SFPD Chief Bill Scott, District Attorney Brooke Jenkins, and Supervisor Catherine Stefani held a press conference Thursday morning to discuss a long overdue crackdown on the epidemic of car break-ins in the city. And just as they were about to kick it off, a break-in was occurring a short distance away.

The conference was being held at the Palace of Fine Arts, which has been a known hot spot for these petty crimes — with photographers taking wedding photos and such sometimes becoming targets as well. And as the Chronicle reports, a tourist from Missouri, Lindsey Dobbelare, and her family had parked a rented minvan and spent 15 minutes checking out the famed landmark, only to come back and find a back window smashed and a bunch of their stuff stolen.

Tourist areas are especially ripe targets for thieves seeking quick, smash-and-grab crimes of opportunity, known as bipping — and as we saw in a video from just last week, one crew was just going from parked car to parked car near Fisherman's Wharf recently and finding bags to steal in every one. How has no one gotten this memo about leaving stuff in their cars?!

"We will not continue to tolerate these crimes growing at the rate that they’re going on,” Scott said at the news conference, per the Chronicle. “We’ve come a long way from 2017 where we had 31,000-plus car break-ins in our city. If you look around, you see the evidence of what has plagued our city. You see broken glass around this beautiful iconic Palace of Fine Arts, and this has to stop."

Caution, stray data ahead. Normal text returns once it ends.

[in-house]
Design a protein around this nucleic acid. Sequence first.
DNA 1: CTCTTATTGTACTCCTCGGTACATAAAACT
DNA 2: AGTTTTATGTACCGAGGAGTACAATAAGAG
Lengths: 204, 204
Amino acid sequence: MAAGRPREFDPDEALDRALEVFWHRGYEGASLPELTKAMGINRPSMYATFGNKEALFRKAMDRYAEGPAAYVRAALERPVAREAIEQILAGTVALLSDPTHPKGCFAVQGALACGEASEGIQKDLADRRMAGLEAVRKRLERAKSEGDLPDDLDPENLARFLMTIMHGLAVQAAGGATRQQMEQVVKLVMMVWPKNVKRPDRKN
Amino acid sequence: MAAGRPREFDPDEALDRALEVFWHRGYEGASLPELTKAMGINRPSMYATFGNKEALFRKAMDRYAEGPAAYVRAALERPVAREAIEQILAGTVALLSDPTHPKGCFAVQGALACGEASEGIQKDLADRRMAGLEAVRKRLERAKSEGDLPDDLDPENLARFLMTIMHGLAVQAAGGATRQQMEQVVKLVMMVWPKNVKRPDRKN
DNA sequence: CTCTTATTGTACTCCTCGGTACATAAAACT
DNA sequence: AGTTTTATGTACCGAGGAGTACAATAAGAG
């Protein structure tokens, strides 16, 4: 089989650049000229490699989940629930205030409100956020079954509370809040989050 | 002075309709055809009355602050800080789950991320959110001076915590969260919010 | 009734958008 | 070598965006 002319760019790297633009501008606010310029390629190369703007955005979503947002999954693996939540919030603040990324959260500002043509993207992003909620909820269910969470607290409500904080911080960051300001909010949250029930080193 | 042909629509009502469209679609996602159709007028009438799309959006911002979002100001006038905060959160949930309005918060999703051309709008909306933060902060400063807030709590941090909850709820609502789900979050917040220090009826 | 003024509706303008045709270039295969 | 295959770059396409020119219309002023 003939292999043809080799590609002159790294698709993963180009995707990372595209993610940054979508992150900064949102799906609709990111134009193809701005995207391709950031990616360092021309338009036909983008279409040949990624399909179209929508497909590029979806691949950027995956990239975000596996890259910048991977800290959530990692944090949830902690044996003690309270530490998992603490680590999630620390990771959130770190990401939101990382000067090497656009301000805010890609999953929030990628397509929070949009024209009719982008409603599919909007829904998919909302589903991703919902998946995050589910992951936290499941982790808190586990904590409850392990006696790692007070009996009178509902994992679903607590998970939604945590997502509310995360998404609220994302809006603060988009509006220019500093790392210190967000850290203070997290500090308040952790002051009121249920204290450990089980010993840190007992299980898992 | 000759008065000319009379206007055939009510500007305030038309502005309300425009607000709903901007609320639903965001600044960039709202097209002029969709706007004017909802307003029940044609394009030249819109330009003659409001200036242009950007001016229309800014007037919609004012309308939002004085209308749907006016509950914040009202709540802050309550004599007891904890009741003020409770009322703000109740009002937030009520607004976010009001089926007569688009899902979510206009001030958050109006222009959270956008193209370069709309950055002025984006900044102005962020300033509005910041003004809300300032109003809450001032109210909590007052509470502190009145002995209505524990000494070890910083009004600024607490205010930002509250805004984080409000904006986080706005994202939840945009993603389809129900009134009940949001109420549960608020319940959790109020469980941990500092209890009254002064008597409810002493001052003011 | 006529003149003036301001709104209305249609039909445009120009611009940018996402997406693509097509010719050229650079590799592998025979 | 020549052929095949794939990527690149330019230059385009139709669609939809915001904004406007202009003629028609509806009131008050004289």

The SFPD has a plan, they say, to send out more officers on patrol in tourist hot spots like Alamo Square, Lombard Street, the Palace of Fine Arts, and Fisherman’s Wharf. (Why this wasn't happening already, Scott seems to imply, was because of budget constraints, and the newly approved city budget has allowed this operation to resume.) There will be plainclothes officers patroling as well.

The department also plans to deploy bait cars to entrap some of these thieves.

"When people come into this city or people who are in this city break into cars, they may be breaking into cars that are put out there by the SFPD — we intend to catch them in the act," Scott said.

DA Brooke Jenkins addressed the often-discussed issue of car burglars not being prosecuted, or acting with impunity because they know they'll only face a slap on the wrist if they're caught. And Jenkins herself has complained about SF judges being too lenient on drug criminals, but she didn't mention judges in her comments.

"We have gotten to a point in S.F. where people didn’t even fear being arrested because they didn’t think anything would happen when the DA’s office took over the case,” Jenkins said. “They have to learn not only will the police arrest, but once that case is filed, something meaningful will happen on the backend to serve as a deterrent for the future.”

Jenkins added, "I want San Franciscans, and even everybody outside of San Francisco to know that you have a district attorney here that is committed to ensuring that there is accountability, that we work together with the police department to create a system of deterrence. We have to make sure that those are thinking about committing these types of crimes think twice."

Supervisor Dean Preston claims that some politics are being played here, and while his office has called on the SFPD for a new strategy and asked if there was one in the works, they were annoyed.

Previously: Video Captures Thieves On Bipping Spree Near Fisherman's Wharf